Dow and DEEP C successfully complete the first asphalt road using recycled plastics in Vietnam on Oc...
Dow and DEEP C successfully complete the first asphalt road using recycled plastics in Vietnam on October 1, 2019.
Dow Chemical Company
Dow has finally brought its plastic road technology to the United States. In February this year, the company constructed two private roads at its facility in Freeport, Texas using 1,700 pounds of recycled plastic, or the equivalent weight of 120,000 plastic grocery bags, according to Business Insider.
Sorry, but Dow wouldn't disclose the ratio of asphalt to plastic in its formula. And that's OK because it seems to be working very well. Just this past week, a stretch of road connecting the municipalities of Irapuato and Cuerámaro, in Mexico was completed using 1.7 tons of reclaimed plastics, or the equivalent of 425,000 plastic packaging units, according to Dow Plastics Technology Mexico, reports Mexico News Daily.
MacRebur - The plastic Road Company
MacRebur had an interesting start. CEO, Toby McCartney, was working in Southern India with a charity helping people who work on landfill sites as ‘pickers’. Their job is to gather potentially reusable items and sell them on to be turned from rubbish into something useful again.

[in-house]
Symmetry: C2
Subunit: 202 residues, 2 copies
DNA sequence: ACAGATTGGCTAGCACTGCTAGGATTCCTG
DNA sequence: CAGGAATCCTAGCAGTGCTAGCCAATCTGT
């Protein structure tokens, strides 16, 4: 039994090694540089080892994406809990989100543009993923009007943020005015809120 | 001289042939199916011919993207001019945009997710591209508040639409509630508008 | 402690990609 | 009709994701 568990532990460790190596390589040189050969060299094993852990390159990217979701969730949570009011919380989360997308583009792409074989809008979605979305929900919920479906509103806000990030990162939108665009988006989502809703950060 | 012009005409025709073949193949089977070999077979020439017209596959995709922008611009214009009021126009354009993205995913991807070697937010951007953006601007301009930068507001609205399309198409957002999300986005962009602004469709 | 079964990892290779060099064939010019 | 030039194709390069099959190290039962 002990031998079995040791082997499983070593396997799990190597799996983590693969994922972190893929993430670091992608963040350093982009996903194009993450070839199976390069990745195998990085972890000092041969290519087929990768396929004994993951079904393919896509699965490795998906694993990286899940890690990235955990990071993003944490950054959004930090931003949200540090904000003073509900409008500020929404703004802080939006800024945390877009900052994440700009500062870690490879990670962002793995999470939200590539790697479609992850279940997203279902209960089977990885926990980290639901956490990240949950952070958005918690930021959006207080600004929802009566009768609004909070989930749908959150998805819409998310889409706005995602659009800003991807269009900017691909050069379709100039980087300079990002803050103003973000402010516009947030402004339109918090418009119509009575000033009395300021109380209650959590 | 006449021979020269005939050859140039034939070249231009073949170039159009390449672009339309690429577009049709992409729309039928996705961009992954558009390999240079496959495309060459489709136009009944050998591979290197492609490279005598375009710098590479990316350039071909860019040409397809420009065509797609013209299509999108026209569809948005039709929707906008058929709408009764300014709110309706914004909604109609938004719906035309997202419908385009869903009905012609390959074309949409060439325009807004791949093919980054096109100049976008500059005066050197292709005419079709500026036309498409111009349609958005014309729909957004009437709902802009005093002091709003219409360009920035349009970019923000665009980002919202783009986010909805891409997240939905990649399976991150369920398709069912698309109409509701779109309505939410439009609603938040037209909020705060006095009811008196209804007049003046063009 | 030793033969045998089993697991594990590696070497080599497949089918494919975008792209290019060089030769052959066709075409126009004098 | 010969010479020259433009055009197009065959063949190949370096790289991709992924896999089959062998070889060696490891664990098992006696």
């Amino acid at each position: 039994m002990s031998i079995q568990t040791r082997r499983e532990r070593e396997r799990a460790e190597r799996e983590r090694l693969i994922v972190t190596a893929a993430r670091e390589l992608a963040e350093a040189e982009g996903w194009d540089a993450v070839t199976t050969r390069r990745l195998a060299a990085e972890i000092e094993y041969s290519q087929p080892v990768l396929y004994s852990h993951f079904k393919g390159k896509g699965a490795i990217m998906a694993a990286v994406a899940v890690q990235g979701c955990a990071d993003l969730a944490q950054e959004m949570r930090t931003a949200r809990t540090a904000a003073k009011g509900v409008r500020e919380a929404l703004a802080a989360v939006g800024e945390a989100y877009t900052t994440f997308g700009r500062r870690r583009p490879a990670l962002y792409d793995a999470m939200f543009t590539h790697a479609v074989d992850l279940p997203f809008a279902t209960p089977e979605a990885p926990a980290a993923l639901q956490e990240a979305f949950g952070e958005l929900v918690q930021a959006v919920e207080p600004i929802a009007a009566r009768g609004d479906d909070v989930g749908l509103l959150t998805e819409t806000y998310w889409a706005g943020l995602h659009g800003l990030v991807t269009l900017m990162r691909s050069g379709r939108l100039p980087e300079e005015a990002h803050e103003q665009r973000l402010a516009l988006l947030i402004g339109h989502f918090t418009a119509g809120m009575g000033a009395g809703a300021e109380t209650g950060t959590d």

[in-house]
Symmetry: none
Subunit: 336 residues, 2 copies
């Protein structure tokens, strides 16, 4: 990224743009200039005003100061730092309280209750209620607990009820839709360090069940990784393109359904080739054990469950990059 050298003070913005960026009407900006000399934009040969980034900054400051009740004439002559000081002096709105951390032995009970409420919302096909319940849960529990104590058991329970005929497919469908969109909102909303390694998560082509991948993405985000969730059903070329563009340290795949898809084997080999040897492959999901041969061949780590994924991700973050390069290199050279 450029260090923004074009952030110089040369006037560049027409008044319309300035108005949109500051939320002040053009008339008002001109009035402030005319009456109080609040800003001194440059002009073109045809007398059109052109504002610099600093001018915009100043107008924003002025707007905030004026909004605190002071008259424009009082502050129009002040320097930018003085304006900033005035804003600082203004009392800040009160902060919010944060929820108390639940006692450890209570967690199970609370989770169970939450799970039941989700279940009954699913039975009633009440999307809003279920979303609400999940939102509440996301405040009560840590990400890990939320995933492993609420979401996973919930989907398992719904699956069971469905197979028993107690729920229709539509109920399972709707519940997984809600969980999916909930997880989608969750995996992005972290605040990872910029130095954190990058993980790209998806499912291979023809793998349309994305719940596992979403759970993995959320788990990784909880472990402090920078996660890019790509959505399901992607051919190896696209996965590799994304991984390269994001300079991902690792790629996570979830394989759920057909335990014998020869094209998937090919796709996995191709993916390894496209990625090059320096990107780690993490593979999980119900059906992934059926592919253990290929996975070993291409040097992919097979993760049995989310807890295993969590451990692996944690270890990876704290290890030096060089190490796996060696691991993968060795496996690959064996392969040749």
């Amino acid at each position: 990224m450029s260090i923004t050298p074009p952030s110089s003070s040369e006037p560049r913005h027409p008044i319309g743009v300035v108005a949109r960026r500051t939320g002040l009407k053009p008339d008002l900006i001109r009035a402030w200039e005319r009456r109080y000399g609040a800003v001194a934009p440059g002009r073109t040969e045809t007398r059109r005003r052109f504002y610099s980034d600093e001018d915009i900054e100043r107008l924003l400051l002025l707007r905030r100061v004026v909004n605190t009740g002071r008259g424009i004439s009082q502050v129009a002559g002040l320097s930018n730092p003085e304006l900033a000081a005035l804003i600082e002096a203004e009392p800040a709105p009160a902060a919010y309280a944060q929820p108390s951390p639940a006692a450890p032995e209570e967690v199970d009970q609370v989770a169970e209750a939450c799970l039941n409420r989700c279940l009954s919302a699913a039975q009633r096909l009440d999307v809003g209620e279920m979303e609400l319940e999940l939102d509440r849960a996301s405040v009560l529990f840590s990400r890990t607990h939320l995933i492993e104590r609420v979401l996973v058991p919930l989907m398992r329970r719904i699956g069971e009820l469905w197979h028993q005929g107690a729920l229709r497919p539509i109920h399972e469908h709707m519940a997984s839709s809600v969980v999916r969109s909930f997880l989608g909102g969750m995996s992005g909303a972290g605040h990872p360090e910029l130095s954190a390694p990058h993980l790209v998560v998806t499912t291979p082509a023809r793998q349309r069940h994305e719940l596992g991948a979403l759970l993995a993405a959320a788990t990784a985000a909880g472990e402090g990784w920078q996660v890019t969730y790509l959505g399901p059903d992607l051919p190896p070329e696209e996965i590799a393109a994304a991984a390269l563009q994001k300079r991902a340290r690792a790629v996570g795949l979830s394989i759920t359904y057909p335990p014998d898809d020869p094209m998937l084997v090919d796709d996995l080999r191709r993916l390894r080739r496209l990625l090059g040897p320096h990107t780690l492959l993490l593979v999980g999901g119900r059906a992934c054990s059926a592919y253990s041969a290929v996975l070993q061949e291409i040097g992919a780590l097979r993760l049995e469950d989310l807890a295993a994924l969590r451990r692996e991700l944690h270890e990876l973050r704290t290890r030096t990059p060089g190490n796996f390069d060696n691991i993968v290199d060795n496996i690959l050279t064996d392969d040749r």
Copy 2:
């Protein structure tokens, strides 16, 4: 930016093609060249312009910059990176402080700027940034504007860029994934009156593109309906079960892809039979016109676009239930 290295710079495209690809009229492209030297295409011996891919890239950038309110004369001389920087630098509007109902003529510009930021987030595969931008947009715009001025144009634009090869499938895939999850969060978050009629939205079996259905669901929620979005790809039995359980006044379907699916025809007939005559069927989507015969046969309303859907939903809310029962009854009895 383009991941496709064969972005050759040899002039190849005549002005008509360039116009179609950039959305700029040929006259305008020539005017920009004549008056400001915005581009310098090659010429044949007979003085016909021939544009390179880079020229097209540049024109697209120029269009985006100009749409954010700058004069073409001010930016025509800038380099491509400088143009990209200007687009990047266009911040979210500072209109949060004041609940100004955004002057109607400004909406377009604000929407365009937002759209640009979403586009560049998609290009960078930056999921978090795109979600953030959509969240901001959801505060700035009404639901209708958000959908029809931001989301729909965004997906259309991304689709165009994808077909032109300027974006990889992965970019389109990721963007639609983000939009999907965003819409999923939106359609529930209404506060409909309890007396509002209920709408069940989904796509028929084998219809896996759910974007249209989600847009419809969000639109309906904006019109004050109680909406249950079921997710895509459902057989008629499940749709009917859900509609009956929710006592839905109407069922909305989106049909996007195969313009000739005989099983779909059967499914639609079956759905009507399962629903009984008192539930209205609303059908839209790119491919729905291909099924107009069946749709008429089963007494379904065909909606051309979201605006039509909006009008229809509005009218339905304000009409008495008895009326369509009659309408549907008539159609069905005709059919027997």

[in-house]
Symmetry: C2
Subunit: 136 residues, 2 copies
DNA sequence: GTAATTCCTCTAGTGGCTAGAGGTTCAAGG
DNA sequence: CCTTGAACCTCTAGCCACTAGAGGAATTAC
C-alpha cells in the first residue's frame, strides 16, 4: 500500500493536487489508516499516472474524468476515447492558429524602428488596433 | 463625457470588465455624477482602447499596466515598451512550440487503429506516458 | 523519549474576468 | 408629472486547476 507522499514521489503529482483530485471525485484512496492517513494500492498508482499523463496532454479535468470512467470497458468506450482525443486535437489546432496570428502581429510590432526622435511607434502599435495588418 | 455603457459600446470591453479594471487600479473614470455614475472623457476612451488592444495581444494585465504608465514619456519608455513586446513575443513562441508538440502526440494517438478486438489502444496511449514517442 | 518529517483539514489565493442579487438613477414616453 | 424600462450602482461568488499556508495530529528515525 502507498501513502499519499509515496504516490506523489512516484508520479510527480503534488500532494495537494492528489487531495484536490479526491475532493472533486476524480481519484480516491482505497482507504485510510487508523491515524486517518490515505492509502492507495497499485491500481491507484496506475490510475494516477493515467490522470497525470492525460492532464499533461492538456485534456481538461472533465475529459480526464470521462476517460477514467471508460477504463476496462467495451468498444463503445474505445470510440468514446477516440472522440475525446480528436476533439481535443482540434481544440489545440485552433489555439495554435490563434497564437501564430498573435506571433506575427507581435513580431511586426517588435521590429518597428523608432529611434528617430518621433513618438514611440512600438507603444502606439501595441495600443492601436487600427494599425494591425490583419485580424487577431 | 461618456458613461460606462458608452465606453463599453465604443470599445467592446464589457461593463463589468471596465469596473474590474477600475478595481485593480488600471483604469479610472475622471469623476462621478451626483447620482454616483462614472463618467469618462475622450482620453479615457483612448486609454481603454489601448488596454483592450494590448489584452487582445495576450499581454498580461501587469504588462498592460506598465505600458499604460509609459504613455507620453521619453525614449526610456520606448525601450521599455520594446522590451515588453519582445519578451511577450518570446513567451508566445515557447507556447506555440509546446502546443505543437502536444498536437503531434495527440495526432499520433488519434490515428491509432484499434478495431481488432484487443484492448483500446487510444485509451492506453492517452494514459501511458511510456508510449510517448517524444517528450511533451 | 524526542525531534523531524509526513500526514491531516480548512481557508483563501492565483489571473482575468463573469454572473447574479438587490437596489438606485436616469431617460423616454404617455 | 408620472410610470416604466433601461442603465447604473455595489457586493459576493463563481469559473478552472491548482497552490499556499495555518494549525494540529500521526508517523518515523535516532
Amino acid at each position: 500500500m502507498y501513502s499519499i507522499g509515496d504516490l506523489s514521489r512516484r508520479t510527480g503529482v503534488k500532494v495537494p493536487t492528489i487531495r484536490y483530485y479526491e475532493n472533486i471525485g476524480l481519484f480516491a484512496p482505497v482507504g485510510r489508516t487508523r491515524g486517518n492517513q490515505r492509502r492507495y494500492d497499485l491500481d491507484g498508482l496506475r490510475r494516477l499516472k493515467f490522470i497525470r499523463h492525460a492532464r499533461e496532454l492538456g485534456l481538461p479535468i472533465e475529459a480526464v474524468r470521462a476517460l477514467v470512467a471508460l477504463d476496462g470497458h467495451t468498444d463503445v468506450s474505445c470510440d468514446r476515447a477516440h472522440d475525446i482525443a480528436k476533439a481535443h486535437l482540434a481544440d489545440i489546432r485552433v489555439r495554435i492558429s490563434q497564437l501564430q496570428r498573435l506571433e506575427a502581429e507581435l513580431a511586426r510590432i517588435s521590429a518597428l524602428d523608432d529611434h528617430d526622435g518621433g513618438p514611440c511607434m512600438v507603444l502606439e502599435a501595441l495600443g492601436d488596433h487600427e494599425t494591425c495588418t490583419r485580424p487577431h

Some of the waste plastics retrieved by the pickers were put into potholes, diesel poured all over them, and the rubbish set alight until the plastics melted into the craters to form a makeshift plastic pothole filler. Figuring there was a better way to fix potholes besides setting them on fire - McCartney and two friends, Nick and Gordon, figured out a way to create the perfect plastic road.
Laying our first #plasticroad at Jeffrey s Bay South Africa on October 23  2019.
Laying our first #plasticroad at Jeffrey's Bay South Africa on October 23, 2019.
MacRebur
MacRebur actually makes three products - all of them a mix of granulated waste plastics that are used as an additive in asphalt. All of the products meet various worldwide road standards and have been rigorously tested against standard asphalt, bitumen and Polymer Modified Bitumen.